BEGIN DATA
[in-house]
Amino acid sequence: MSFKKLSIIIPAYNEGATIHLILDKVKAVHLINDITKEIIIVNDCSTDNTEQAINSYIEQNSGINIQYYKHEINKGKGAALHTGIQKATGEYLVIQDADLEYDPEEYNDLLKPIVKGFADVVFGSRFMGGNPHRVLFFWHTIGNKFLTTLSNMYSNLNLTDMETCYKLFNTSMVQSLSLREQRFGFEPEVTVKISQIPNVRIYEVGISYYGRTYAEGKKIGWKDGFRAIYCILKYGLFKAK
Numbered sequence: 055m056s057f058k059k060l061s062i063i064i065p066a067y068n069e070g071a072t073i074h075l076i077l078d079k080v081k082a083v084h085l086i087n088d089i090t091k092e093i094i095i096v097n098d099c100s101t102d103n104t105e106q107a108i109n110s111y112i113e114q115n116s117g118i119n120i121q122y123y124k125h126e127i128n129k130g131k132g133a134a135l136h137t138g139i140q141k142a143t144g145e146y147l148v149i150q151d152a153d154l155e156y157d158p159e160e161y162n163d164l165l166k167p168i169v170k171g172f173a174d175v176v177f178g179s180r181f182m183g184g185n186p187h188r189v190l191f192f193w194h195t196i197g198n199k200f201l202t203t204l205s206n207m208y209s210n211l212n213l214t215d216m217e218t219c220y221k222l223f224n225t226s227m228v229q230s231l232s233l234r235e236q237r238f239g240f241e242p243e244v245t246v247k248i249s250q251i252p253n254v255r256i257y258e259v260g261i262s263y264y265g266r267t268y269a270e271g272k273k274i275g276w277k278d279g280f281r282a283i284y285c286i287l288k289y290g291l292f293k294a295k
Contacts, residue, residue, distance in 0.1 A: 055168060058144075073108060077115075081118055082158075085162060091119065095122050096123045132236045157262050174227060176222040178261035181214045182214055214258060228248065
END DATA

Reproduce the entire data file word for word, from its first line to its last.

[in-house]
Amino acid sequence: MSFKKLSIIIPAYNEGATIHLILDKVKAVHLINDITKEIIIVNDCSTDNTEQAINSYIEQNSGINIQYYKHEINKGKGAALHTGIQKATGEYLVIQDADLEYDPEEYNDLLKPIVKGFADVVFGSRFMGGNPHRVLFFWHTIGNKFLTTLSNMYSNLNLTDMETCYKLFNTSMVQSLSLREQRFGFEPEVTVKISQIPNVRIYEVGISYYGRTYAEGKKIGWKDGFRAIYCILKYGLFKAK
Numbered sequence: 055m056s057f058k059k060l061s062i063i064i065p066a067y068n069e070g071a072t073i074h075l076i077l078d079k080v081k082a083v084h085l086i087n088d089i090t091k092e093i094i095i096v097n098d099c100s101t102d103n104t105e106q107a108i109n110s111y112i113e114q115n116s117g118i119n120i121q122y123y124k125h126e127i128n129k130g131k132g133a134a135l136h137t138g139i140q141k142a143t144g145e146y147l148v149i150q151d152a153d154l155e156y157d158p159e160e161y162n163d164l165l166k167p168i169v170k171g172f173a174d175v176v177f178g179s180r181f182m183g184g185n186p187h188r189v190l191f192f193w194h195t196i197g198n199k200f201l202t203t204l205s206n207m208y209s210n211l212n213l214t215d216m217e218t219c220y221k222l223f224n225t226s227m228v229q230s231l232s233l234r235e236q237r238f239g240f241e242p243e244v245t246v247k248i249s250q251i252p253n254v255r256i257y258e259v260g261i262s263y264y265g266r267t268y269a270e271g272k273k274i275g276w277k278d279g280f281r282a283i284y285c286i287l288k289y290g291l292f293k294a295k
Contacts, residue, residue, distance in 0.1 A: 055168060058144075073108060077115075081118055082158075085162060091119065095122050096123045132236045157262050174227060176222040178261035181214045182214055214258060228248065